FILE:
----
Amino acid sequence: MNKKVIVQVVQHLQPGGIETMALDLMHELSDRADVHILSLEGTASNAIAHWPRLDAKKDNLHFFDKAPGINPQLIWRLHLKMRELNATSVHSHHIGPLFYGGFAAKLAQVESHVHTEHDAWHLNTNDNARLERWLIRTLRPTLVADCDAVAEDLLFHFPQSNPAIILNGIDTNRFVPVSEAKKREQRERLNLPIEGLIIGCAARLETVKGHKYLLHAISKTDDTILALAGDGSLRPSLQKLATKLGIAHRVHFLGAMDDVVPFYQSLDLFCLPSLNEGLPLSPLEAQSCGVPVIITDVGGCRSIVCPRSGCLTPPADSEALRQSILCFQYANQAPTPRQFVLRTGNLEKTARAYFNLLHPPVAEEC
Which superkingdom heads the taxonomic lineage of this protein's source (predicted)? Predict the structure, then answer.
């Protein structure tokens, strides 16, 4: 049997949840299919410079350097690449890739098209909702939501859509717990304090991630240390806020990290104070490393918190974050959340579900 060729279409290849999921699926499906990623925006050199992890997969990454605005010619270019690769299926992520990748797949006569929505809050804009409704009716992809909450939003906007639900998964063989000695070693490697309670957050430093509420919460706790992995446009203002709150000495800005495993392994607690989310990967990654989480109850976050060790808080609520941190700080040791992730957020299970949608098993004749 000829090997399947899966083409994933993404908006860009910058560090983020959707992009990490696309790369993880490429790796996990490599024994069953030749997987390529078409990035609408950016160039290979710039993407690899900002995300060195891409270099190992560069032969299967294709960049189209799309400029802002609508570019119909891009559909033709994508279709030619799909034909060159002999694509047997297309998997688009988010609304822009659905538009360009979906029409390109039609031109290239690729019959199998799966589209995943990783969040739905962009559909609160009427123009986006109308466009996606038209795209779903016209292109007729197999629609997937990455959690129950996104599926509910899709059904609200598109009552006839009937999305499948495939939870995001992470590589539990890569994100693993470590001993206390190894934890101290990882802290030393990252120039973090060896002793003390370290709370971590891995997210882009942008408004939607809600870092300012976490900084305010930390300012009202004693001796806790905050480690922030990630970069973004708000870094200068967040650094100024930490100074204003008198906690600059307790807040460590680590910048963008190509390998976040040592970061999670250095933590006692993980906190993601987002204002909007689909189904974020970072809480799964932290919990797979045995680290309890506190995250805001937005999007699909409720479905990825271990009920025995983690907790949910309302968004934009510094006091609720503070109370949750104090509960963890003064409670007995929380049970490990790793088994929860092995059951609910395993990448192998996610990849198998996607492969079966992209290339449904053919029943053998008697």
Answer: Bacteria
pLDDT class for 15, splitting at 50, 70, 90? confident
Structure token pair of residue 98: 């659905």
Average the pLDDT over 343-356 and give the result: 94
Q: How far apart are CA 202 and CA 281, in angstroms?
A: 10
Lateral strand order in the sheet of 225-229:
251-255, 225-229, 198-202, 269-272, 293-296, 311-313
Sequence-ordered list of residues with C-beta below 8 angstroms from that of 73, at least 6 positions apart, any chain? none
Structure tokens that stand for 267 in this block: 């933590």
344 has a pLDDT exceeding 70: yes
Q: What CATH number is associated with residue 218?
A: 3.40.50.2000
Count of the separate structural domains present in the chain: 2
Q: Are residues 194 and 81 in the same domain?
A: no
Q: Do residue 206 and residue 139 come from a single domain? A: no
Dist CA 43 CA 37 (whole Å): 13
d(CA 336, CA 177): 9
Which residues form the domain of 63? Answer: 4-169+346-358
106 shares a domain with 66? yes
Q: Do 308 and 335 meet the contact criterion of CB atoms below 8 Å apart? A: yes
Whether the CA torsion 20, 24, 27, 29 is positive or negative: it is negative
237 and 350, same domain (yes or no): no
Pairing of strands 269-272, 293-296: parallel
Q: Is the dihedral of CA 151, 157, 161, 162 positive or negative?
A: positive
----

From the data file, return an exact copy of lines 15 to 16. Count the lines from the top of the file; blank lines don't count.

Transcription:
Q: What CATH number is associated with residue 218?
A: 3.40.50.2000